Also, tapping/EFT can dramatically improve anxiety, which thereby can reduce that anxiety-pain cycle. Some people claim EFT helps their pain directly; I haven’t experienced that, but by using it to calm the anxiety, I’ve stopped spiraling on the pain itself, which has reduced the severity of the attacks. I hope that helps
     
    Last edited: Jul 19, 2020
  5. Baseball65

    Baseball65 Beloved Grand Eagle

    That sucks. Trust me, I can totally sympathize and do....
    But after years of doing this, I would say that anxiety isn't necessarily the cause, but part of the symptom. Sometimes this seems like a big wet knotted up juke ball, but the miracle is IT does get unraveled. Often times without us 'doing' anything, other than raising our awareness that it's there to distract us.

    The pain is there to distract me and SCARE me ("Oh my god...what's that? It feels weak...what if I can't play in the game tomorrow?... I am a douche!.... what if I can't go to work and support myself? My GF will leave me because I am useless as a man" Etc)

    It's OCD of the body...scary circular thinking. Anxiety is circular thinking raised to conscious awareness. Removes those parentheses and moves those thoughts to the forebrain. Both are there to 'protect' me from a perceived scary down deep where I can't get to...

    and your right. Sarno only tossed out a few tools for dealing with it. A lot of this forum is us sharing the ones we have come up with, or elaborations on his suggestions. I am sort of a 'purist' and ONLY focus on rage and anger because I have/had a LOT of it.

    I talk to it. I either confidently and angrily tell it to go away and that I no longer need it's help, OR I see what that list of fears is and go full reductio Ad absurdum.
    The front line of this battle is right there where our conscious awareness is in the moment, because that is where the pain is trying to keep us FROM... Anxiety is trying to keep us focused on the future... 5 minutes or 5 years, always anywhere but HERE..now.

    So, since just like the pain, it's purpose is to distract me, when I catch it creeping in, I talk to it. I tell it to F-off. .... but I also keep looking for those things in my life that should be pissing me off that are not. They are always hidden behind what is 'right' and 'correct' and supports the myth of what a nice guy I am.
     
    tgirl likes this.
  6. Skylyon

    Skylyon New Member

    Do you (or anyone else) recommend psychoanalysis? I did that for 5 years and It really helped me get through some horrible times in my life.
     
  7. Baseball65

    Baseball65 Beloved Grand Eagle

    GREAT idea , if you can afford it and you have the right Person.

    I found the right guy. It was actually right AFTER my symptoms left. They were gone all right, BUT I was on the verge of fighting again, like I did every day of my youth...except now I was 'an adult' and someone's dad and a husband . No longer having the pain to distract me from my RAGE, I was very on edge. . a few weeks back at work I had to be restrained by my bro's after some guy lipped me.

    "and I used to be such a nice guy" -Jack from fight club

    I got right to the point. I told the SHRINK about Sarno theory which fascinated him. I told him if I didn't get a handle on this stuff I was gonna be in Jail, or unemployed or both. He later said I was the most motivated patient he had had to that point in his career.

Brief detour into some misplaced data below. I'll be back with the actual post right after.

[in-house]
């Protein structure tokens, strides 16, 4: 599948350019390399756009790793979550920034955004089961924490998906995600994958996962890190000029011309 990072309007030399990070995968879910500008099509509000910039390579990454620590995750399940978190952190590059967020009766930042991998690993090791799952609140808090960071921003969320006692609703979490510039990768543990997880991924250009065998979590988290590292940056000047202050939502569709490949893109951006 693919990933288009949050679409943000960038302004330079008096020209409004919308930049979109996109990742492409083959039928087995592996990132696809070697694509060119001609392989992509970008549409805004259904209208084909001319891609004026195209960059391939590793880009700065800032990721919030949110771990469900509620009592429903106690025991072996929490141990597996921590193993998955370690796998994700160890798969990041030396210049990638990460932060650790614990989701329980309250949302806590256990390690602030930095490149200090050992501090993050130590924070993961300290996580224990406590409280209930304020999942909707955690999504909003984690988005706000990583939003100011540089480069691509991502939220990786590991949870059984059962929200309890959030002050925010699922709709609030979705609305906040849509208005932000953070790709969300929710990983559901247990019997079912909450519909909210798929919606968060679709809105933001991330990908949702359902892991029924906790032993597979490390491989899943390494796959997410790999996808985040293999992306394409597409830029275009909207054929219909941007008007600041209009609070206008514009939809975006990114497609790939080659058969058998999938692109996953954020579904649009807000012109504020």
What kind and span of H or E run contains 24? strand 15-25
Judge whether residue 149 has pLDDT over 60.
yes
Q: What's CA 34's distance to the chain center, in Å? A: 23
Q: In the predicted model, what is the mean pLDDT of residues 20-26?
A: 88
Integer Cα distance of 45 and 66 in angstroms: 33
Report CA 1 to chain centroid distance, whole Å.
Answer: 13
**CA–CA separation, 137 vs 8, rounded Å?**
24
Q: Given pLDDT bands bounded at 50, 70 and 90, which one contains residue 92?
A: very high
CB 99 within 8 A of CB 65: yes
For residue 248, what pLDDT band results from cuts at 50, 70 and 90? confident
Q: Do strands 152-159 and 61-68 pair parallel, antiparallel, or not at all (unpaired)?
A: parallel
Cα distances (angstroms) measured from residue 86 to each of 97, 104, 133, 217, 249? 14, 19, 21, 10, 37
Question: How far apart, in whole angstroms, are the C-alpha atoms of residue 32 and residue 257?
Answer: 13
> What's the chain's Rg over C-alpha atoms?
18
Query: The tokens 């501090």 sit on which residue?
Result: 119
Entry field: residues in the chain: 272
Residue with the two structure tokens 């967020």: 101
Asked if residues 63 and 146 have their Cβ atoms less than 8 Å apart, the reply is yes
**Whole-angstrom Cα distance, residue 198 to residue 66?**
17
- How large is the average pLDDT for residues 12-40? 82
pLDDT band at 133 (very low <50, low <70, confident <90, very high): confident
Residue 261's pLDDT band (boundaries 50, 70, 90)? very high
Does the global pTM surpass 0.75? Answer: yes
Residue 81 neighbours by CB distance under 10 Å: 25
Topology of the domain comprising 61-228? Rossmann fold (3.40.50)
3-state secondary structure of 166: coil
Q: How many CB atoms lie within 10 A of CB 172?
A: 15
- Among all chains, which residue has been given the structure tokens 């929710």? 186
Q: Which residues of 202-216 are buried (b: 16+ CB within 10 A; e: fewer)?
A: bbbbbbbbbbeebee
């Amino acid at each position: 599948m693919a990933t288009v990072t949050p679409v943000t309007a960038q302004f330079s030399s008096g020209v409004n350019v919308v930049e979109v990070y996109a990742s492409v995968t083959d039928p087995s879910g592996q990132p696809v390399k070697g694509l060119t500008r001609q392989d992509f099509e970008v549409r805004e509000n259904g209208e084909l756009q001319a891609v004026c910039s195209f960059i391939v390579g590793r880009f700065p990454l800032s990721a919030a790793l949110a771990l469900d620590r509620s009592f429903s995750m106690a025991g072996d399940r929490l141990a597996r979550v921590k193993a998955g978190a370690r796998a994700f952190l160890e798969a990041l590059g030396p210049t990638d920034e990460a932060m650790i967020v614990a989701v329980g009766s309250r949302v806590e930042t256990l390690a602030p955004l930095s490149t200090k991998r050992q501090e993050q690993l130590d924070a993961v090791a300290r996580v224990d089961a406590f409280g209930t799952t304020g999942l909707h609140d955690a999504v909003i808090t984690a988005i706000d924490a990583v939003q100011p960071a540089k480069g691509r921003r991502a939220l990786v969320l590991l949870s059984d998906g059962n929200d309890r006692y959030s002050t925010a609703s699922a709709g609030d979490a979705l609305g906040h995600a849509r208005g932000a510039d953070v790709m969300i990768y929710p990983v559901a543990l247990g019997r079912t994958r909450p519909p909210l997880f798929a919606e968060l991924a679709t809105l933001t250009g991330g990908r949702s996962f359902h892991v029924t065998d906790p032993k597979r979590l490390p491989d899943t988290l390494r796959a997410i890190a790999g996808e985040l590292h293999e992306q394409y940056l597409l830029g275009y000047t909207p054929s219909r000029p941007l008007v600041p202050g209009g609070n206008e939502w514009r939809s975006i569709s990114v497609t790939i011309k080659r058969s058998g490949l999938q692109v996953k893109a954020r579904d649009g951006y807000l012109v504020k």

We dug backwards and rooted out stuff. I also discovered that earlier in my life I had OCD which Sarno said is a TMS equivalent. And going back to your original point, it was much more effective now that I was looking for a specific thing and not just what I 'thought' the problem was.

    Funny. My bitchin' motion picture insurance covered every penny of thousands and thousands of dollars worth of surgeries and epidurals and canes and walkers, BUT only partially covered psychological treatment. I had to shell out cash, but it was totally worth it.
     
  8. Skylyon

    Skylyon New Member

    Wow, yea. I remember i had a mild form of OCD up until about 6 years ago that started when i was a teenager. I stopped doing it. But maybe that’s because it was buried in my subconscious. I used to think “if i don’t do X then the devil will take my soul” - screwed up right? I think i need to dig deeper.
     
    Baseball65 likes this.
  9. Baseball65

    Baseball65 Beloved Grand Eagle

    That is CLASSIC real OCD. Anybody can show OCD symtpoms under enough stress, but some of us were 'born that way'.... the GOd/satan/sinning/going to hell version is the 'born that way' version. I used to have elaborate hand washing, sock pulling, germ obsessed rituals...because GOD was angry at me , I was dirty and everything that happened in my field of perception that had a negative connotation was MY fault (including my Father's death) for being so dirty.

    The rituals of hand washing, and step counting are called 'Binding the anxiety' and are done to 'appease' the intrusive thoughts... but of course they don't and it's an hellish circular downward spiral.

    Sarno's comments on OCD in Healing Back Pain were one of my biggest 'aha' moments. You might be able to use this strategy as well. Remember how very real the OCD thoughts were? THAT is what is happening with TMS and our symptoms. It is essentially OCD of the Body..... we check and recheck and obsess on our symptoms, catastrophising while MEANWHILE, the original stressors that caused our need for the distraction are completely ignored...like family problems, social anxiety, death in the family, financial problems,etc. Rage, shame, loneliness...alienation